The fact there weren't any news reports of a crazed parent chaining himself to the doors of the hospital means the various senior management and committee approvals were eventually granted and the Marsden will do what's been asked of them. Which isn't actually very much. And it's not that anybody is doing it grudgingly (at least not to my knowledge anyway), it's just the way it has to be, the way the Marsden works, the way the NHS works. I guess. They also told me they wouldn't be doing stuff they'd never been asked to do. I do wonder how many meetings it took to reach that decision!

I did promise Alison I wouldn't rant, so I'll stop now before I cross the line. But it really wasn't the week that I had wanted, or even expected, to come home to.

Whilst I was trying to sort out the necessary arrangements to allow Adam to return home, back in Grand Rapids Adam was as per protocol having bone marrow biopsies and FDG-PET/CT scan to re-evaluate his disease after completion of the first cycle of treatment. On more than one occasion it occurred to me that all this frantic effort going on over here would mean nothing if the scans showed his disease was still progressing. How painfully ironic would it be to get approval and then have to stay in the US to change to a new combination of drugs. As it turned out the scans were stable. Nothing to get over-excited about, but we've long since stopped hoping for anything other than stable. We got what we wanted, what we needed, to get Adam back to England.

So what now for Adam? Well Alison will go spend $11,000 at the hospital pharmacy on pills to bring home, and the cytarabine at $10 per vial is being provided on the NHS. Actually that's a little unfair; this is about as experimental a treatment as you are ever likely to get. Adam is most probably the only child ever to receive this particular drug combination for neuroblastoma, it has no track record whatsoever against the disease, and so nobody could reasonably expect it to be funded on the NHS. Anyway, our hope is that we will complete two further cycles of treatment at home before returning to Grand Rapids in early November for repeat evaluations. If anything happens in the meantime to require us to bring that visit forward then we will, it's as simple as that. We will be doing regular blood work, physical exams, and any supporting care through the Royal Marsden. We will also be doing regular checks of blood serum and urine tumour markers to give us an indication of where things are heading. If we see readings increase over time it would be suggestive of the current drug combination failing to control Adam's disease, and the next trip back to Michigan would likely be a longer stay in order to change to something different. Stable readings or better would lead us to hope that the next trip would just be a few days; bone marrow biopsies, scan to confirm disease remains stable, stop by the pharmacy to hand over another $11,000 and fly home. This is the scenario we will hope for, but the alternative we will also be ready for.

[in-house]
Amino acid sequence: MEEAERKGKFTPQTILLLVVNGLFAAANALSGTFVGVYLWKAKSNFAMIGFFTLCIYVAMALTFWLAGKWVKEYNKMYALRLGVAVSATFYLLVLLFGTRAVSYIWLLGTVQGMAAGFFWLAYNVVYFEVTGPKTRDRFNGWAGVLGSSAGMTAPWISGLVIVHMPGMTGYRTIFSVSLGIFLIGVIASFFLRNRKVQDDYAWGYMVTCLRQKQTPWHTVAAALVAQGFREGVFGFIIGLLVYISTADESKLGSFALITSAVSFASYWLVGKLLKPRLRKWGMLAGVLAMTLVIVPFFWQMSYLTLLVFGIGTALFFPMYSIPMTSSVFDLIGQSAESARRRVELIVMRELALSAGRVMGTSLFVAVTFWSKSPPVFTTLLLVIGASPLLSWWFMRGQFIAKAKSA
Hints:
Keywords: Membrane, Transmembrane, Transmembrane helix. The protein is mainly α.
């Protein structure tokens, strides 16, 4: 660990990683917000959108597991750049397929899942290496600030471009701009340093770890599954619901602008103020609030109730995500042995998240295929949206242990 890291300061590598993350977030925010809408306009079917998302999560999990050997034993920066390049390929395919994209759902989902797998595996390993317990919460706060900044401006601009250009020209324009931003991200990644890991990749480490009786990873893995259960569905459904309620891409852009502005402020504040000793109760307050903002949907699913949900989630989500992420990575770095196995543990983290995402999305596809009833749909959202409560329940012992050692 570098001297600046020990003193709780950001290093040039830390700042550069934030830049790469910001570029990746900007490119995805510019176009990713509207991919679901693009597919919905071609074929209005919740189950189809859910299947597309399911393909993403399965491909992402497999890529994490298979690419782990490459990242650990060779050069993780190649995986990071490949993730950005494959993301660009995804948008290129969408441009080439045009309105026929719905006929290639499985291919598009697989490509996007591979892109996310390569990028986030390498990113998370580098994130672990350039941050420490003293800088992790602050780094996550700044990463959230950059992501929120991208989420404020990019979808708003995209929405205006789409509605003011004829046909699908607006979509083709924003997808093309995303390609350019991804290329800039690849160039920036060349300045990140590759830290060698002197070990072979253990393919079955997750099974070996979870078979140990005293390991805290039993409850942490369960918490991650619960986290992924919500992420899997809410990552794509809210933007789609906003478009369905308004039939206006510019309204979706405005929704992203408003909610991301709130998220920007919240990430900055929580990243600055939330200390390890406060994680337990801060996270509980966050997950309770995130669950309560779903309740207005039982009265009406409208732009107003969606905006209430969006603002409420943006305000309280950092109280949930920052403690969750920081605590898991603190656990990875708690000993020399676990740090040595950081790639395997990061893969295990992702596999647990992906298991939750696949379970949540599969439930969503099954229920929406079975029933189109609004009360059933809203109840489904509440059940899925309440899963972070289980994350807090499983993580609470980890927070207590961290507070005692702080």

I should try to update more often. That's if I can find the time. But I'm tired after three years of relentless worry, stress, battles and fear. Worry about what today will bring, stress over treatment decisions, battles to get what we need when we need it, and fear of what the future holds. In the early days this used to be a place where I shared some of my innermost thoughts, but it's long since stopped being that. I can't do that any more, for my own sake and for the sake of those closest to me. If, as a consequence, everything sounds like it's just dandy and we're plodding along nicely then believe me it's not dandy, and we're not plodding. We're wading. Through quicksand. And I'm not crying and shouting simply because I can't cry and shout; because if I start crying and shouting I won't stop. And it will serve to change nothing, nor make anything even the slightest bit better. Above all else I am fortunate to have three beautiful children, and my resolve is not to ruin their todays out of my own fears of what their tomorrows might look like.